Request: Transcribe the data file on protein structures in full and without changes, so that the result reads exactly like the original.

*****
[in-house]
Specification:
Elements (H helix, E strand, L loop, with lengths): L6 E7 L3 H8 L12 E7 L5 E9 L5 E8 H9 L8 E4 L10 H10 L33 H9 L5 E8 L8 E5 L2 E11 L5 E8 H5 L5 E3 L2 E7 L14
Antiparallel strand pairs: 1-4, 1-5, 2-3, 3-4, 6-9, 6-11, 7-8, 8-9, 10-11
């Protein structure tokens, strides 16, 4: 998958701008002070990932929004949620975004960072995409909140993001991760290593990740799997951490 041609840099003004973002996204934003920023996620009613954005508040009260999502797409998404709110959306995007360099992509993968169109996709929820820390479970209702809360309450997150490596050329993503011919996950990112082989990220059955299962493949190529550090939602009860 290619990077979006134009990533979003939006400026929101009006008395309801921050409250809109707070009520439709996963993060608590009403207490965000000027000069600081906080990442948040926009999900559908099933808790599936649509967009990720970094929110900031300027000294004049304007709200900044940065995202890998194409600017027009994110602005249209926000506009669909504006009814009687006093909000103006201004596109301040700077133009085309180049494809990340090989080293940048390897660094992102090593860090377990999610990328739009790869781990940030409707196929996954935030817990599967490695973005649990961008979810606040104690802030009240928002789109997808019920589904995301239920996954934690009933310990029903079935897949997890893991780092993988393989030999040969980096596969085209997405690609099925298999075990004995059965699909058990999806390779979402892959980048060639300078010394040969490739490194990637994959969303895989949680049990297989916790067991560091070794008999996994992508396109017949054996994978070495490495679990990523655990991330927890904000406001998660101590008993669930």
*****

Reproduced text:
[in-house]
Specification:
Elements (H helix, E strand, L loop, with lengths): L6 E7 L3 H8 L12 E7 L5 E9 L5 E8 H9 L8 E4 L10 H10 L33 H9 L5 E8 L8 E5 L2 E11 L5 E8 H5 L5 E3 L2 E7 L14
Antiparallel strand pairs: 1-4, 1-5, 2-3, 3-4, 6-9, 6-11, 7-8, 8-9, 10-11
């Protein structure tokens, strides 16, 4: 998958701008002070990932929004949620975004960072995409909140993001991760290593990740799997951490 041609840099003004973002996204934003920023996620009613954005508040009260999502797409998404709110959306995007360099992509993968169109996709929820820390479970209702809360309450997150490596050329993503011919996950990112082989990220059955299962493949190529550090939602009860 290619990077979006134009990533979003939006400026929101009006008395309801921050409250809109707070009520439709996963993060608590009403207490965000000027000069600081906080990442948040926009999900559908099933808790599936649509967009990720970094929110900031300027000294004049304007709200900044940065995202890998194409600017027009994110602005249209926000506009669909504006009814009687006093909000103006201004596109301040700077133009085309180049494809990340090989080293940048390897660094992102090593860090377990999610990328739009790869781990940030409707196929996954935030817990599967490695973005649990961008979810606040104690802030009240928002789109997808019920589904995301239920996954934690009933310990029903079935897949997890893991780092993988393989030999040969980096596969085209997405690609099925298999075990004995059965699909058990999806390779979402892959980048060639300078010394040969490739490194990637994959969303895989949680049990297989916790067991560091070794008999996994992508396109017949054996994978070495490495679990990523655990991330927890904000406001998660101590008993669930």